- Surrounding yourself with like-minded, fellow indie musicians
- Eligible to apply to our cool events
- Be on an email list
- Get featured on the web site
- “Members Only” Facebook Group
- Weekly Group Chat (I think this is what I gatecrashed, for free… on Twitter)
- Get Your Music Reviewed
- Get Retweeted (RT) on Twitter
- Get your video featured on YouTube (On the websites own channel, not actually a YouTube feature)
- Get promoted on ReverbNation (once again, on the website own channel)
- Submission to our Compilation CDs
- Industry discounts and resources (Free trials on distribution sites mainly)
People were defending it…
But is there anything on here worth paying anything at all for?
Now, I didnt just go searching this thing out, they invited me to the chat.. I thought I’d tag along…
Asked some of the questions I posted on the “UK Musician Forums” and got asked to stop because there was a Q&A going on about Twitter Lists…
I mean… COME ON!
Are any of you guys interested in apply for this service, designed for musicians… If so… Give me the money instead.
But honestly… If you want any of those things above, FOR FREE, get in contact with me, and I’ll put you in touch with all the right people.
So, yeah, the Xmas relaunch as mentioned in the previous post (A New Start) didn’t quite happen.
Having to focus my efforts else where at the time, obviously took priority, and now having to look after LibeRock Records completely on my own, it looks like this site may have to take the back seat for the time coming.
Saying that, I am probably going to start, blogging here again real soon.
The “UBP 151″ posts are gonna stop (for the time being), but I am focusing on new projects, so I will use this site as a blog/journal of whats going on in the back room.
As for the new design? I’ll get something started when I can
An Audio Ramble
What are your opinions?
Every now and then I get contacted by new artists, and the main thing they are looking for is more gigs.
What do they want gigs for, well, because they need more live practice, more performing experience, because they think they can make some quick money…
A number of different reasons, but usually they never tell me that straight off the bat.
The best way for me to get you the best gigs for your needs is to tell me from the get go.
Be honest and open with promoters and they will give you exactly what you need.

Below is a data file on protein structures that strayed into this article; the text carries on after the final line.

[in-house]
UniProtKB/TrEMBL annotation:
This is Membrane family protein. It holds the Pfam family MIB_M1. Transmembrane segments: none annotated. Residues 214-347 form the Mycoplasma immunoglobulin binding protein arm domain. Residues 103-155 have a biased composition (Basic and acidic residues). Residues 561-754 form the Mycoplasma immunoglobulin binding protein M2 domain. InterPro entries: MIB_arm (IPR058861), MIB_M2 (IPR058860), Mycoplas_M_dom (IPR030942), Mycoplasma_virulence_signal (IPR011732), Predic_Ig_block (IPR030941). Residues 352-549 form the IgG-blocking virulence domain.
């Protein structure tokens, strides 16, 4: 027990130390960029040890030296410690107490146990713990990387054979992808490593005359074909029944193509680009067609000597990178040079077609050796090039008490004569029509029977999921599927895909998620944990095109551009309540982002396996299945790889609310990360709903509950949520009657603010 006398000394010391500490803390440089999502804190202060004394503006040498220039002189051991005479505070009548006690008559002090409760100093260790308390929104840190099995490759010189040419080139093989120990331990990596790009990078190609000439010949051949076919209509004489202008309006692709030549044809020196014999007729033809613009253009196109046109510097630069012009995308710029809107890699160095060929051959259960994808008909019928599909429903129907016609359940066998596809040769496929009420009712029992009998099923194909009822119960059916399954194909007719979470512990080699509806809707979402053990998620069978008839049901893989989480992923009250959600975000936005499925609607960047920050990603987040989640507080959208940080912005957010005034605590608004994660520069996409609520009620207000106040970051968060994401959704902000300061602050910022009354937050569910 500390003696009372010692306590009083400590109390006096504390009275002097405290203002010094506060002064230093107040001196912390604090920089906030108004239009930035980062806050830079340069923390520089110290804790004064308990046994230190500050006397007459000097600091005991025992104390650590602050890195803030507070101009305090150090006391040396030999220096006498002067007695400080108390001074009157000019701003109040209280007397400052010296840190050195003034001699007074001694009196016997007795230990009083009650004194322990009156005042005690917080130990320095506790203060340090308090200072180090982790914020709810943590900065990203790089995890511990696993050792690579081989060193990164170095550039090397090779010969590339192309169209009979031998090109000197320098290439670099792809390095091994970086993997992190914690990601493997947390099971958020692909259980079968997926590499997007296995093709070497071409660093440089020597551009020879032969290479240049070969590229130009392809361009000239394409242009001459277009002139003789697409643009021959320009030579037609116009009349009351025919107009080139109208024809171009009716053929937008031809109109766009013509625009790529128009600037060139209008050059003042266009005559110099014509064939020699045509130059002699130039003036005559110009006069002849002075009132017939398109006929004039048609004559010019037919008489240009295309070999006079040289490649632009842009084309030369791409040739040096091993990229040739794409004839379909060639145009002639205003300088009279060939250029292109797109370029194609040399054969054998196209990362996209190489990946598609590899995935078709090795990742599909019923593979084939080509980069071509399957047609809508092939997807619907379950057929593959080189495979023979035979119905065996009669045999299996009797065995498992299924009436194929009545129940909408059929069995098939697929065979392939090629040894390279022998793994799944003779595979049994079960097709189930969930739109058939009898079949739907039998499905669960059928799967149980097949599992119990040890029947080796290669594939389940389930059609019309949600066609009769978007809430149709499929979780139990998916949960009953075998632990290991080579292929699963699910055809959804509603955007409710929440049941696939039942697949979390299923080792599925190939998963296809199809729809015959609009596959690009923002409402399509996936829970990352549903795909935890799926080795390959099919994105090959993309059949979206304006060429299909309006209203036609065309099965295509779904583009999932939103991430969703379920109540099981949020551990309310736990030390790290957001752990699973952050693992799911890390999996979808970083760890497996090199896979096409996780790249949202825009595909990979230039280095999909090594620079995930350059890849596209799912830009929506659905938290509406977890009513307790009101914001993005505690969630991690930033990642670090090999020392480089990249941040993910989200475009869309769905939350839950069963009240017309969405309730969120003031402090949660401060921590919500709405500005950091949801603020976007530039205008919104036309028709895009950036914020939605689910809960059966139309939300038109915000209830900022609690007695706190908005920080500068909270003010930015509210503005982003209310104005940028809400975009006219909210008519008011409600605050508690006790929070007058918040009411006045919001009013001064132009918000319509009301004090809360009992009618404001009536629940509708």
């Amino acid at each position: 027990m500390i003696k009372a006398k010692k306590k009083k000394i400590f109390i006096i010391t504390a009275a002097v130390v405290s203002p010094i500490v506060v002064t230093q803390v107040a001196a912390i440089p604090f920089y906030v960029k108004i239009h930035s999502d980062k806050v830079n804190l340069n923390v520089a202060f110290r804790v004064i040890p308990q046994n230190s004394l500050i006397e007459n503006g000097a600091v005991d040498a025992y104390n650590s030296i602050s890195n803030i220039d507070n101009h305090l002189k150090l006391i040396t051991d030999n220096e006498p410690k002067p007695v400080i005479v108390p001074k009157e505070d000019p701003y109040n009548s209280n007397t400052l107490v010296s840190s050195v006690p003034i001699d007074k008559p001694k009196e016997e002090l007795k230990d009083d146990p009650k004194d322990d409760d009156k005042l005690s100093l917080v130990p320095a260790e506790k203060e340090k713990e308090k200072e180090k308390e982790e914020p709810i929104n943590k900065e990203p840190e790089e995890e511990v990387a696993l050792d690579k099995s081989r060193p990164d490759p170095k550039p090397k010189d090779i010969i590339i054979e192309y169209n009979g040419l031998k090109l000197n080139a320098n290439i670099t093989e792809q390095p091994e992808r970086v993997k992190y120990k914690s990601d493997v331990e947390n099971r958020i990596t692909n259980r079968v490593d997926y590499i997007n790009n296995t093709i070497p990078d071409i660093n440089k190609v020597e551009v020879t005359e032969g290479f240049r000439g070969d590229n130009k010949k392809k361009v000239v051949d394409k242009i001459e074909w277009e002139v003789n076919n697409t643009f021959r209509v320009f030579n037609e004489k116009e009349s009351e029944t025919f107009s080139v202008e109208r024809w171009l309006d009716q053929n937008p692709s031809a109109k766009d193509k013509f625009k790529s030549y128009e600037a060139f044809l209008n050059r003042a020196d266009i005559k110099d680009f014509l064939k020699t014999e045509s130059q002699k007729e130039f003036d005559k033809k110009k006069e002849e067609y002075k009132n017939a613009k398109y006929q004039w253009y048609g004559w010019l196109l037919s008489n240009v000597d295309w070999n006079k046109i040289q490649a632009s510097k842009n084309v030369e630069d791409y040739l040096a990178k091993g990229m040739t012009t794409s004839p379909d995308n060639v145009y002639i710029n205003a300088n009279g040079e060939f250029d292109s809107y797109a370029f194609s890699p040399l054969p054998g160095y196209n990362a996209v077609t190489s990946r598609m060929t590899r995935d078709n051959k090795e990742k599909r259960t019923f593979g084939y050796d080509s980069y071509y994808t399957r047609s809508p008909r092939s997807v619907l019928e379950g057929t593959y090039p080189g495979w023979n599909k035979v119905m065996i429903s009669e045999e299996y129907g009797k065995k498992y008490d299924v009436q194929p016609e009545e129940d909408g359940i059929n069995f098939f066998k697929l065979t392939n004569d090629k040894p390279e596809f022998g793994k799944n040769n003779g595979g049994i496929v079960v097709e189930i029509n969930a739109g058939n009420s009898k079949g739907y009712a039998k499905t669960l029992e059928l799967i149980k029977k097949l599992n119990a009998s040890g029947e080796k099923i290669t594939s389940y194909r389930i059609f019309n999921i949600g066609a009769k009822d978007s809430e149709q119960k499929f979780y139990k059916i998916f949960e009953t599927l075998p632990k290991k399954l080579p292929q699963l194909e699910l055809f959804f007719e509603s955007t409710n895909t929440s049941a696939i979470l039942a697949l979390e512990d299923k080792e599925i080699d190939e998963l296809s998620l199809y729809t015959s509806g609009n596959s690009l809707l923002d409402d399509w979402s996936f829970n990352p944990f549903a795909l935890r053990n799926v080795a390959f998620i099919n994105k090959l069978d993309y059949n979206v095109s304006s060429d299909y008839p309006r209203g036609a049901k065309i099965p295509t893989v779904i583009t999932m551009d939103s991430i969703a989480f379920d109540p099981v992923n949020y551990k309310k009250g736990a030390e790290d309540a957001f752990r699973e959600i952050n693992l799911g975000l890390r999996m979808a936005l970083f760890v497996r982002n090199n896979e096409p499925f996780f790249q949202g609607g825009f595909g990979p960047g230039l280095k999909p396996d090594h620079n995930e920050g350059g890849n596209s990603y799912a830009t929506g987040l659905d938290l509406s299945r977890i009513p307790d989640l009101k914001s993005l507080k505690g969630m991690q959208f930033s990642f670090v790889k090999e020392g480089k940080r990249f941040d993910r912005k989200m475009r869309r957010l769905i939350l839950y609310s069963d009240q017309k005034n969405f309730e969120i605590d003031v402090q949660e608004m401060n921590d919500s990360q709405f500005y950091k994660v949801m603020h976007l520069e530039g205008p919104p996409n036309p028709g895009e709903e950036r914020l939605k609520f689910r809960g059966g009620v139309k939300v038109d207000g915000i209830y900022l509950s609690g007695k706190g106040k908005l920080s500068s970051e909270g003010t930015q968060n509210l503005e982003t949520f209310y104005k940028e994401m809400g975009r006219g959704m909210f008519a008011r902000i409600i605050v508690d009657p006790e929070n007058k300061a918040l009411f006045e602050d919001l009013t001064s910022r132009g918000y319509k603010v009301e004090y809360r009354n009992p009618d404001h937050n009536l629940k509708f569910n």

You tell them its to promote a new release, but its really cos you don’t have much of a following in a certain area, you’re not going to make many friends.
I can get you more gigs, just tell me what you want.
Getting reviews is essential for maximum exposure, as they start creating a buzz before your product release, and really good ones end up helping you before, during and after the event itself.
It may be a case that you know a lot of people that can write reviews for you, but more often than not, you will have to look beyond your circle of friends.
There are a few websites that offer you reviews at a cost, and that’s OK to do if you feel you aren’t getting as many as you feel you need, but forwarding copies to press and blogs will get you the reviews you need, as long as you give them enough lead time.
Whilst in the early stages of writing your new release, consider also starting to compile a list of potential reviewers, and then contact them directly to ask if they would be happy to do so.
So when the final mix makes it to their inbox, they will feel that they already have made some sort of connection, rather than just someone sending something that clogs up their spam folder which they weren’t expecting, or weren’t able to review.
A launch party is a party that is usually thrown by a business to promote a release of a product or service.
These are fairly common place in the music industry, as its no unheard of the have a launch party for an artist, a single, an EP or an album.
Good timing of the launch party is crucial, and there are many marketing tips to get this right.